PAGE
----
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Wake Up and Smell the Late ’80s

October 15, 2008


When people ask me how old I am, I’ll  often reply with a vague quip: “Old enough to have learned that nostalgia is cyclical.”

Indeed, the retro-roller-coaster that is American pop culture has been a fact of life since at least the 1970s, when “Happy Days” taught us that things were better before the Kennedy assassination robbed the Baby Boomers of their innocence.

Two decades later, the kids of the 1990s fell in love with the 1970s. Cases in point: The re-release of the “Star Wars” trilogy, P.T. Anderson’s meditation on the porn industry, and Samuel L. Jackson’s Afro in “Pulp Fiction.” With the cultural precedence already set, I saw the wave of 1980s nostalgia coming years before “The Wedding Singer” made it okay to like Billy Idol again. Thus, when that same movement provoked a generation of balding Duran Duran enthusiasts to curse the Killers as an offensive knock-off, I responded with the wisdom of my advancing years: “Alas, It’s inevitable.”

That being said, I have become rather surprised lately by the selective path nostalgia can sometimes take. Whereas fondness for early-’80s kitsch had been a dominating force for several years, it seems as if the Happy Days train has all but passed over the late-’80s doldrums that followed. I came upon this realization last week as I entered an Urban Outfitters and was bombarded by grungy apparel — straight off the boat from Seattle, circa 1992. All at once it hit me: The ’90s are back, and the late ’80s never came!   

Could North Dakota's centennial be the most important event of 1989.

The Wonder Years: Could North Dakota's centennial be the most important event of 1989?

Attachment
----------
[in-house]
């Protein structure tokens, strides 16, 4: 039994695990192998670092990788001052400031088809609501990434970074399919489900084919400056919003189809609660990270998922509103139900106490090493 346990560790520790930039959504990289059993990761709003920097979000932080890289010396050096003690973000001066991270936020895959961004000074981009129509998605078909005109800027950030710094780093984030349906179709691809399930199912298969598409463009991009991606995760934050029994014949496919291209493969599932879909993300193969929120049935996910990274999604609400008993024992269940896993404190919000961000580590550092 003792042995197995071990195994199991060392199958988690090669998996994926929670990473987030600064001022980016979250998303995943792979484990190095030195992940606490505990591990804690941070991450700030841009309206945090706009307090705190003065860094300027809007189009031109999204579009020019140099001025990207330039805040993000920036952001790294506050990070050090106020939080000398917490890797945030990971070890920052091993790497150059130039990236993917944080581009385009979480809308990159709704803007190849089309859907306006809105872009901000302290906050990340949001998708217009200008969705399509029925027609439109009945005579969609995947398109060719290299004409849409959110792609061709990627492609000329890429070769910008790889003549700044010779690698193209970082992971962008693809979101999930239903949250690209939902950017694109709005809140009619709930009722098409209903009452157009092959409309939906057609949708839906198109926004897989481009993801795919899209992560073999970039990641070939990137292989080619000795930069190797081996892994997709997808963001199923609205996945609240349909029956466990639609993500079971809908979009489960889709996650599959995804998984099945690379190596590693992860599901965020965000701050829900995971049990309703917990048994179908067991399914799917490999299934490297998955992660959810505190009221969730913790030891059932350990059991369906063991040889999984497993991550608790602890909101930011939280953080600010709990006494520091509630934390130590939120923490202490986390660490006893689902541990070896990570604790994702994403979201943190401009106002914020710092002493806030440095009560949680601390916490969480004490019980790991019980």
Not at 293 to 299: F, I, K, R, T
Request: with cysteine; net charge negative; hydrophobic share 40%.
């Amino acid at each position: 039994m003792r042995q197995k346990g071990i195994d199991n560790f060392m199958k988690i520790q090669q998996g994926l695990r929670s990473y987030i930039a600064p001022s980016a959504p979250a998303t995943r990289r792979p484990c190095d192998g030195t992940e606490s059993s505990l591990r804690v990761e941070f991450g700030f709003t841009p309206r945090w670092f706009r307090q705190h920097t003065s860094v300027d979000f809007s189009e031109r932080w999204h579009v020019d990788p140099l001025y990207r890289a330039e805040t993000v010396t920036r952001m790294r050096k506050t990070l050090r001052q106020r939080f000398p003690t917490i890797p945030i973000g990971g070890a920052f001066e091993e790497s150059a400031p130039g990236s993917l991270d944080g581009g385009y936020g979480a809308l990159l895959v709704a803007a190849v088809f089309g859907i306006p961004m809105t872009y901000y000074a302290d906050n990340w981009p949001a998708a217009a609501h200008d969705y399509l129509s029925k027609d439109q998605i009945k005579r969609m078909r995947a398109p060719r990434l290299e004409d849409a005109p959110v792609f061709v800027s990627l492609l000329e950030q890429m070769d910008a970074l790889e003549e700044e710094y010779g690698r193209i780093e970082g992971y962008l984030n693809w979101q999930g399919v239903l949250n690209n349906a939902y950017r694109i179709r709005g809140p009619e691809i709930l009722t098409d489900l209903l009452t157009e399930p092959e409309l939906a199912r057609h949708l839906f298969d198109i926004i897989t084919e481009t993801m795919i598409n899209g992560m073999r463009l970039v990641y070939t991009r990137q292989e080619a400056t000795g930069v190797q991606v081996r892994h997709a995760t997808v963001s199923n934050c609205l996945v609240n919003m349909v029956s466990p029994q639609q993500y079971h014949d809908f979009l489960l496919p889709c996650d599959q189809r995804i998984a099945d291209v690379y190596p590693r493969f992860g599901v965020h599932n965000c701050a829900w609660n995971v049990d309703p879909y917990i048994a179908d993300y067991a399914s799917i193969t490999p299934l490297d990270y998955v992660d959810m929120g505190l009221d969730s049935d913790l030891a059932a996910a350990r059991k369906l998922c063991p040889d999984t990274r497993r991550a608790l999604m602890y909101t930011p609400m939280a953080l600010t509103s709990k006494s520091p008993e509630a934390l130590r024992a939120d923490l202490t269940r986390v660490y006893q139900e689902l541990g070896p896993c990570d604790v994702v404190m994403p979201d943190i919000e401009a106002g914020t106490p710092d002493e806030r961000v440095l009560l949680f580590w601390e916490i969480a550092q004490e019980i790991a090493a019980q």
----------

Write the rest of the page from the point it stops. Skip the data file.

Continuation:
In all honesty, I can’t blame the keepers of culture for passing over the era of King George the First — it was admittedly a very bland couple of years. I myself spent most of the era tuning out the world with mesciline and trying to convince people that Jane’s Addiction were not really that good of a band.

Still, for anyone who came of age during an episode of “21 Jump Street,” the late-’80s ommission from the annals of nostalgia is a bit of an insult. Couldn’t Urban Outfitters at least humor us with a few fanny packs?

6 Comments leave one →
  1. Carolina Maine permalink
    October 18, 2008 1:46 am

    Ha! Fanny packs–my step-dad had one. So funny. I did the grunge thing-oh so sad. I hear Pearl Jam is popular again too:) I love PJ. I guess you know when I graduated high school–

  2. October 18, 2008 4:14 am

    Hmmmm.. Let me guess. between 1992 and 1994. The grunge thing didn’t last long. I think the corporate record labels got a hold of it right away. But Pearl Jam were the real deal, although I think Ten was their best.

  3. Carolina Maine permalink
    October 21, 2008 12:50 am

    Close–but I lived in AL so the trickle down took a while. 1996.
    “Black” was my favorite song.
    I did like Nirvana–too bad Curt died. I can’t believe Francis Bean is so big now!
    That makes me feel old.

  4. October 21, 2008 1:24 am

    I know, I saw pics of Francis. It must be strange for her to hear everyone talk about her famous dad, whom she probably doesn’t remember.

  5. Carolina Maine permalink
    October 21, 2008 2:41 pm

    Yeah, I always felt bad for her. Her dad died and her mother is Courtney Love. Have you heard Eddie Vedder’s Into the Wild soundtrack? I LOVE it. I also like Into the Wild.

  6. October 22, 2008 12:04 am

    Yes, awesome soundtrack– and a nice comeback for Mr. Vetter.

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